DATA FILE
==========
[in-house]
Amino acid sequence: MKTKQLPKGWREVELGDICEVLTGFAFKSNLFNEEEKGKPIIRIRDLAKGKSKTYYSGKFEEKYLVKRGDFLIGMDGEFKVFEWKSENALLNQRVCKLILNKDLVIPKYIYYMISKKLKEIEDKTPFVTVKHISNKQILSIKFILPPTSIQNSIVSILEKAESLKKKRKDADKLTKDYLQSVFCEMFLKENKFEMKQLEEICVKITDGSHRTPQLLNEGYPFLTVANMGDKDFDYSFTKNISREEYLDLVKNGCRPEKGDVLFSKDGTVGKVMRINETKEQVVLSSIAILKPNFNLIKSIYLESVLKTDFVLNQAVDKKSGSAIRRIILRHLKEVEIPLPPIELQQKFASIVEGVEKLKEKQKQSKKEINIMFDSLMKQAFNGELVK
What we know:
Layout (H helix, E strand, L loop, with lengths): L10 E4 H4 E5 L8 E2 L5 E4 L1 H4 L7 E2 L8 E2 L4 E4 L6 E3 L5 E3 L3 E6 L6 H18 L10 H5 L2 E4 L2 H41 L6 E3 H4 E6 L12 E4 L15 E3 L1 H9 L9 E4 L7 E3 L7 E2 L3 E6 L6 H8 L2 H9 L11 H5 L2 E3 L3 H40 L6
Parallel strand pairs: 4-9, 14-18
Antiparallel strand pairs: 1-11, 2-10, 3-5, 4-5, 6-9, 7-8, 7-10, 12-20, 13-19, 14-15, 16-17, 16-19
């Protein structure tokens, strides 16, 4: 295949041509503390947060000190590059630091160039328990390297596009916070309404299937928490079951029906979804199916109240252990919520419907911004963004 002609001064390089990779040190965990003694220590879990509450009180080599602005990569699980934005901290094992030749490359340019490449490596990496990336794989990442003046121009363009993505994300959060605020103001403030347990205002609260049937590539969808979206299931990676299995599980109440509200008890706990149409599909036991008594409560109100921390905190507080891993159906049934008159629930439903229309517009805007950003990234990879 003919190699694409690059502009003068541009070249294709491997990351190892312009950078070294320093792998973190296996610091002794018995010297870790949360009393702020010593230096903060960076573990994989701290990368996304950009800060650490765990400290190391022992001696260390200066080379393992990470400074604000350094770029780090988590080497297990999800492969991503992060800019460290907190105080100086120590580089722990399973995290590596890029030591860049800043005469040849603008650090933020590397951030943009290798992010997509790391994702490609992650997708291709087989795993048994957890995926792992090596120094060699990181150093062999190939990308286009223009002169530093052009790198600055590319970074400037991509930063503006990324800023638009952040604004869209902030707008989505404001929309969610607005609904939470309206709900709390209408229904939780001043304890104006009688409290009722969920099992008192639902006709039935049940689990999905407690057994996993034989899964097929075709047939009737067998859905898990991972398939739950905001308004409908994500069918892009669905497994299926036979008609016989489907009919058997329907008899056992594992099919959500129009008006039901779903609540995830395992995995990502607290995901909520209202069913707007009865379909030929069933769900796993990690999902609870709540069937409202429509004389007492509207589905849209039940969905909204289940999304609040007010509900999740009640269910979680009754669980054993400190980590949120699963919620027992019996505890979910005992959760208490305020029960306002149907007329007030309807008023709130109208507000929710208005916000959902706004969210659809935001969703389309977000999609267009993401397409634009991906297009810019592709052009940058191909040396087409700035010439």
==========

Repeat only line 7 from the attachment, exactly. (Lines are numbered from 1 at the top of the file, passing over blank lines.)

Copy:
């Protein structure tokens, strides 16, 4: 295949041509503390947060000190590059630091160039328990390297596009916070309404299937928490079951029906979804199916109240252990919520419907911004963004 002609001064390089990779040190965990003694220590879990509450009180080599602005990569699980934005901290094992030749490359340019490449490596990496990336794989990442003046121009363009993505994300959060605020103001403030347990205002609260049937590539969808979206299931990676299995599980109440509200008890706990149409599909036991008594409560109100921390905190507080891993159906049934008159629930439903229309517009805007950003990234990879 003919190699694409690059502009003068541009070249294709491997990351190892312009950078070294320093792998973190296996610091002794018995010297870790949360009393702020010593230096903060960076573990994989701290990368996304950009800060650490765990400290190391022992001696260390200066080379393992990470400074604000350094770029780090988590080497297990999800492969991503992060800019460290907190105080100086120590580089722990399973995290590596890029030591860049800043005469040849603008650090933020590397951030943009290798992010997509790391994702490609992650997708291709087989795993048994957890995926792992090596120094060699990181150093062999190939990308286009223009002169530093052009790198600055590319970074400037991509930063503006990324800023638009952040604004869209902030707008989505404001929309969610607005609904939470309206709900709390209408229904939780001043304890104006009688409290009722969920099992008192639902006709039935049940689990999905407690057994996993034989899964097929075709047939009737067998859905898990991972398939739950905001308004409908994500069918892009669905497994299926036979008609016989489907009919058997329907008899056992594992099919959500129009008006039901779903609540995830395992995995990502607290995901909520209202069913707007009865379909030929069933769900796993990690999902609870709540069937409202429509004389007492509207589905849209039940969905909204289940999304609040007010509900999740009640269910979680009754669980054993400190980590949120699963919620027992019996505890979910005992959760208490305020029960306002149907007329007030309807008023709130109208507000929710208005916000959902706004969210659809935001969703389309977000999609267009993401397409634009991906297009810019592709052009940058191909040396087409700035010439």